Mode-S Codes Set To Replace SSR Codes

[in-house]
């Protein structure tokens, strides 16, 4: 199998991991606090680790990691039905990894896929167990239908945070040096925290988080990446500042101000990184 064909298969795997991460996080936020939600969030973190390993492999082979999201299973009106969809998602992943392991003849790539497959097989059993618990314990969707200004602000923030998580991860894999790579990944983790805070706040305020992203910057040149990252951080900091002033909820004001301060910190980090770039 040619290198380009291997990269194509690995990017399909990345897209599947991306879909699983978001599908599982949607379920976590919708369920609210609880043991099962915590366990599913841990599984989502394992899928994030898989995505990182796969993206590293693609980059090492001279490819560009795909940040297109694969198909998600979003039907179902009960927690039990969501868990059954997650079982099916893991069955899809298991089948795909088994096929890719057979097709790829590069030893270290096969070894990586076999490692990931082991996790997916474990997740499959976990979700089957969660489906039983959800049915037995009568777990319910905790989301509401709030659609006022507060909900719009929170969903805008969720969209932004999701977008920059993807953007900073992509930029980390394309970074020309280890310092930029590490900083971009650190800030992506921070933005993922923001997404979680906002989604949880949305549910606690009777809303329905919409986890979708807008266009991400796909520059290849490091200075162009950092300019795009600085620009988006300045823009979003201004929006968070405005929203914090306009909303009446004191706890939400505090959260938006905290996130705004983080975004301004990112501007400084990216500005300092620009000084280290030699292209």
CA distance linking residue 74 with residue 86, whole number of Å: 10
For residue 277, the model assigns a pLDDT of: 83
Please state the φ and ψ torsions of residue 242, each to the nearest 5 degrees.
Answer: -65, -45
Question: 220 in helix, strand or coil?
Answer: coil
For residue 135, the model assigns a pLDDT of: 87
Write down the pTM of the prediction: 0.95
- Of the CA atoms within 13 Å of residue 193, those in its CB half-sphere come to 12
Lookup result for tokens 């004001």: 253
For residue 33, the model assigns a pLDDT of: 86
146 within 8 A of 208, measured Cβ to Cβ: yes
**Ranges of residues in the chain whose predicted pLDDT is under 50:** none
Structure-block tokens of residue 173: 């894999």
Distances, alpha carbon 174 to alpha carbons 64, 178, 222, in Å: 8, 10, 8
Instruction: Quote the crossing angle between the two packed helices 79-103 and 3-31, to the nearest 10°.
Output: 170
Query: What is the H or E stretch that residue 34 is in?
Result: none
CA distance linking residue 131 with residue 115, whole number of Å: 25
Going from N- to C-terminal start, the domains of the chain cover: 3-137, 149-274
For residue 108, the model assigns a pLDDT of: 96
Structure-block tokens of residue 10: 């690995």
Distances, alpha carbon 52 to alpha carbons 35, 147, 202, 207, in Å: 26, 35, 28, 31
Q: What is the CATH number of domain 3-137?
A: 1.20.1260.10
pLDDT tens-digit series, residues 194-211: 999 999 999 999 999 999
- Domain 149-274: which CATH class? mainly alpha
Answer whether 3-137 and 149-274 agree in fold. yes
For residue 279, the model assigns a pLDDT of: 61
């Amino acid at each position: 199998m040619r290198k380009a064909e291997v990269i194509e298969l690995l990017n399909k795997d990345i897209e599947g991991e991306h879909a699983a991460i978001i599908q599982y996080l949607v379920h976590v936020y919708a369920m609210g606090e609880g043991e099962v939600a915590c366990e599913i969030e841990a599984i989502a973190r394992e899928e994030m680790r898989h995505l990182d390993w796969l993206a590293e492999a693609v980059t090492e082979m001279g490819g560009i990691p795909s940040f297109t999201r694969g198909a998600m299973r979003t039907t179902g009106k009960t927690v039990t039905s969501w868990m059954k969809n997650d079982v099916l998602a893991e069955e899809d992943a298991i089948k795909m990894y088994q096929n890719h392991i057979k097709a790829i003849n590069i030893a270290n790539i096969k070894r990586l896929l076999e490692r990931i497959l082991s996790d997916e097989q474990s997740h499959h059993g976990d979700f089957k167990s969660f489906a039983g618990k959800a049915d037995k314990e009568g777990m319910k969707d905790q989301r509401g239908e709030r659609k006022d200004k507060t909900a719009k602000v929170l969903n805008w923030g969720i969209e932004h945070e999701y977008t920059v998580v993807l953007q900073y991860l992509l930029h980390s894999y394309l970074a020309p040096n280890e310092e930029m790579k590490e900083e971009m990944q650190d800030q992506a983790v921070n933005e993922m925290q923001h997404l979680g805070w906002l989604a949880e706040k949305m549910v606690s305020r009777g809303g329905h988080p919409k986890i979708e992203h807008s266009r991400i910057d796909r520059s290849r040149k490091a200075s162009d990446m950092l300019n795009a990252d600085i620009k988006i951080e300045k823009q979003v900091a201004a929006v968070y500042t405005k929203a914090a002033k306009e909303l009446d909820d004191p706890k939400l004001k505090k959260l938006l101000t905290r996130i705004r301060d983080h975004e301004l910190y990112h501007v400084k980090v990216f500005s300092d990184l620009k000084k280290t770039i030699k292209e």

A Lufthansa Boeing 737 recently became the first aircraft to use mode-S capability to transmit its radar identification (flight ID), without the use of a secondary surveillance radar (SSR) code. The 737 flight crew was able to automatically correlate the aircraft’s electronic flight plan data by entering a 24-bit code into the aircraft computer. Rod Marten, who oversees mode-S operations at Eurocontrol, said a 24-bit code is necessary because the short supply of four-digit SSR codes–4,096 in total–requires European controllers to make an average of 20,000 code changes a day and duplicate aircraft codes. There are approximately 17 million 24-bit codes, however.